President Obama invokes executive privilege in Operation Fast & Furious probe
The AG says he won't turn over documents unless Issa guarantees it satisfies subpoena. Issa says he can't decide whether to go ahead with contempt vote without records.Photo: Video by kgun9.com
WASHINGTON (KGUN9-TV/AP) -President Barack Obama has invoked executive privilege to withhold documents a House committee is seeking in an investigation of a flawed gun-smuggling probe in Arizona, known as Operation Fast and Furious.
In a letter to Congressman Darrell Issa, Chairman of the House Committee on Oversight and Government Reform, a Justice Department official said the privilege applies to documents that explain how the department learned that there were problems with the investigation called Operation Fast and Furious.
At the start of today's committee hearing, Issa called the president's action "an untimely" assertion of the privilege. The committee will still vote on whether to cite Attorney General Eric Holder for contempt of Congress for failing to turn over the documents.
Yesterday, Rep. Issa met briefly Tuesday with Holder, but failed to come to an agreement.
Issa wanted to know who prepared a now retracted letter, in which the Justice Department claimed the U.S. did not knowingly help smuggle guns to Mexico, including those found in Rio Rico where Agent Brian Terry was fatally wounded. Rifles at the scene were traced to Fast and Furious led by the Bureau of Alcohol, Tobacco, Firearms and Explosives. The agency allowed thousands of weapons to cross the border, in the attempt to fish out the Mexican Drug Cartel.
However, Holder said he would not turn over the documents unless Issa agreed to another meeting and he wanted assurance from Issa that the transfer of records would satisfy a subpoena by the committee.
“Given the extraordinary offer that we made and given the extraordinary way in which we have shared materials to date, I think we are actually involved more in political gamesmanship – as opposed to trying to get the information they say we want,” Holder said.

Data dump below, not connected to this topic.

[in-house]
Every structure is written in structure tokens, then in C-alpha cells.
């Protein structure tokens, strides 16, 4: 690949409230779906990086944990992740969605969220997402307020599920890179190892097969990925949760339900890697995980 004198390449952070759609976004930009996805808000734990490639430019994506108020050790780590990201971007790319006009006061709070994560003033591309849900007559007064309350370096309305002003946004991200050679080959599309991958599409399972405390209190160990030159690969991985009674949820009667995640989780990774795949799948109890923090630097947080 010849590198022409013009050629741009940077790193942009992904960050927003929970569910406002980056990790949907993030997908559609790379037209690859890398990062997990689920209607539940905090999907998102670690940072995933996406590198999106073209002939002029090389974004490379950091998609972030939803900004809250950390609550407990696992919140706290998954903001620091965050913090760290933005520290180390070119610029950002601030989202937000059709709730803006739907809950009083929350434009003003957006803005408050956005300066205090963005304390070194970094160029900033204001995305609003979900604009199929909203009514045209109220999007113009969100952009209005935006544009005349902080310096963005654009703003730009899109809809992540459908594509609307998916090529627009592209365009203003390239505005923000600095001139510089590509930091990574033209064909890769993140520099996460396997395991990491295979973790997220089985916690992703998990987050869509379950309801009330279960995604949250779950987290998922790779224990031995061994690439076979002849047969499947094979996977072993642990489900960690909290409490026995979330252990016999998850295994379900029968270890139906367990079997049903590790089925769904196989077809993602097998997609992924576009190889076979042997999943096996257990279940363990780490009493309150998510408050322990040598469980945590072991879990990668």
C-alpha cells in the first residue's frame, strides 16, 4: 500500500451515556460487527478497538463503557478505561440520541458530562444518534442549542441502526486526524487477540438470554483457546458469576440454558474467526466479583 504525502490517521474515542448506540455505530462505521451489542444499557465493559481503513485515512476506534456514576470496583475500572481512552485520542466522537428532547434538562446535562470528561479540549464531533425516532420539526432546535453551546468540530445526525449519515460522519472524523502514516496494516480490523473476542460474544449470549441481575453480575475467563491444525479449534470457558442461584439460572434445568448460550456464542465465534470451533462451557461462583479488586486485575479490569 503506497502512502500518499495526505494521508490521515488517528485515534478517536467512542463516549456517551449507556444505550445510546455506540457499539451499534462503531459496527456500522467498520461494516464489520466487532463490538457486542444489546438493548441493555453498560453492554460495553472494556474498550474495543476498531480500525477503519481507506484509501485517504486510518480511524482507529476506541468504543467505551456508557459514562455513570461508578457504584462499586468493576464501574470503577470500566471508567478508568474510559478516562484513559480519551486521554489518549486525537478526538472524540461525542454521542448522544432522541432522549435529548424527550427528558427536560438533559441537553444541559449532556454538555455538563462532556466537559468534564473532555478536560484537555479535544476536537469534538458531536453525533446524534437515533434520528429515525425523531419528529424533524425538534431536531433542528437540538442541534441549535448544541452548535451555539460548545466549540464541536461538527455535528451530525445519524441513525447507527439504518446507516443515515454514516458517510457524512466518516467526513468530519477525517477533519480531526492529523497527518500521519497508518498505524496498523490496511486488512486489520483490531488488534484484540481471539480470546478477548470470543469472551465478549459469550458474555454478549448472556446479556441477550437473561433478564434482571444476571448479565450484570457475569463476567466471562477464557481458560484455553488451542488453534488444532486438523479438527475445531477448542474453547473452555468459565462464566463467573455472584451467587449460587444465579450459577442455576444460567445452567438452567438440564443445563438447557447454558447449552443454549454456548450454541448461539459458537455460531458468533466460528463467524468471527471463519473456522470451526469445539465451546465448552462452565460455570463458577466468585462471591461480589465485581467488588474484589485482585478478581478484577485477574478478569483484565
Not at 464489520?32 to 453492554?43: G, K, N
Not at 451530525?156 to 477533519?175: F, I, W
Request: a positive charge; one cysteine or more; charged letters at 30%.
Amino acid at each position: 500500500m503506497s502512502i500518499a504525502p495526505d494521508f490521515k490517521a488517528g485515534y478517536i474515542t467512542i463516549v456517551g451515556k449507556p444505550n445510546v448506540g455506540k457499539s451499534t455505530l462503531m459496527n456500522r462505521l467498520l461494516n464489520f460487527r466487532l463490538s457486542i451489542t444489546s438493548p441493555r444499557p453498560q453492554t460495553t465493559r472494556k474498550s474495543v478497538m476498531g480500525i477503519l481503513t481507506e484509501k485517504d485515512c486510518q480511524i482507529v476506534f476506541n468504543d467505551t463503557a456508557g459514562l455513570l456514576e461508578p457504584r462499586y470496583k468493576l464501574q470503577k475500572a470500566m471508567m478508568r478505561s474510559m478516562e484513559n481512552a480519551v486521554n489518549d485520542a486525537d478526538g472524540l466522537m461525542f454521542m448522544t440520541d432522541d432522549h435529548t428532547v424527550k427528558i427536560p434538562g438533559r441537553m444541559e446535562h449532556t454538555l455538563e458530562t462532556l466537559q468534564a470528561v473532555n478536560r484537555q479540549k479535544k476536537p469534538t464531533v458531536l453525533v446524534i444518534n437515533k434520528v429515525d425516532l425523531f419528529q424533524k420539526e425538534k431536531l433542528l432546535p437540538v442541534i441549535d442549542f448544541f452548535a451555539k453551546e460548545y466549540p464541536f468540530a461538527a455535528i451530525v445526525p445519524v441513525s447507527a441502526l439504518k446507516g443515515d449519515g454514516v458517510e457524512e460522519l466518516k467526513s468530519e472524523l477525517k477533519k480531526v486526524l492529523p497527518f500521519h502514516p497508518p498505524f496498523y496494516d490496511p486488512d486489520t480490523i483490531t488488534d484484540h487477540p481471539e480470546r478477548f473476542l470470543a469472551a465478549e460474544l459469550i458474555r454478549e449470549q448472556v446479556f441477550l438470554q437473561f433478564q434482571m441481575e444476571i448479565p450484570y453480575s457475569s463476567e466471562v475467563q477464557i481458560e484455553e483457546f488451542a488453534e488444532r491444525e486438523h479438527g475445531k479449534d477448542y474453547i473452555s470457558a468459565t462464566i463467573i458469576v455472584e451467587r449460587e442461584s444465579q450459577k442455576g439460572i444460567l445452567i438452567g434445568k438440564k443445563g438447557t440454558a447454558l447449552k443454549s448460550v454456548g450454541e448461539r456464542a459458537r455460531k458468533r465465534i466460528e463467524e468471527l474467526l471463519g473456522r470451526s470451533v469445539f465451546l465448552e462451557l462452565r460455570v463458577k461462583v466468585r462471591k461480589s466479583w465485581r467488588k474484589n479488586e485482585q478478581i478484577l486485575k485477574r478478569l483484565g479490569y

Meanwhile, Issa said he needs the documents first, before deciding whether to hold the Attorney General in contempt of Congress.
“Obviously, what wasn’t resolved that caused me to be out here is that we need the documents, not the briefing. We need the documents to know whether or not he’s being responsive to our request,” Issa said.
Stalling by Holder has gotten some groups upset, including the National Border Patrol Council, which represents 17,000 agents.
Reporter Claire Doan spoke with the President George McCubbin III by phone. She asked what his sense is of how agents feel regarding the Fast and Furious debacle.
“They’re upset. They’re pissed. They’re angry, but more so all of that is directed at the attorney general because he has not come forward with the information that the committee is asking for,” McCubbin told KGUN9 News. “It’s an insult that he’s sending to every man and woman who wears a uniform, more so for our agency and the U.S. Border Patrol.”
A Washington D.C.-based public watchdog group, Judicial Watch, has filed a freedom of Information Act against the ATC for Fast and Furious records.
“Let’s be clear. You can draw a direct line from the Fast and Furious to the death of Brian Terry to the death of hundreds of Mexicans. We’ve got to find out what went wrong and hold those responsible accountable, to make sure this never happens again,” said President Tom Fitton.
Holder has said he will not resign and points to a similar operation during the Bush Administration, one run out of Tucson.
“An attorney general whom I suppose you would hold in higher regard was briefed on these kinds of tactics – Operation Wide Receiver – and did nothing to stop them,” Holder said during a June 7 congressional hearing. “Three-hundred guns walked in that instance. I’m the attorney general who called on an inspector general to look into this matter, to investigate this matter.”
The last time a contempt vote occurred was in 2008, against two White House officials over the U.S. Attorney firing controversy.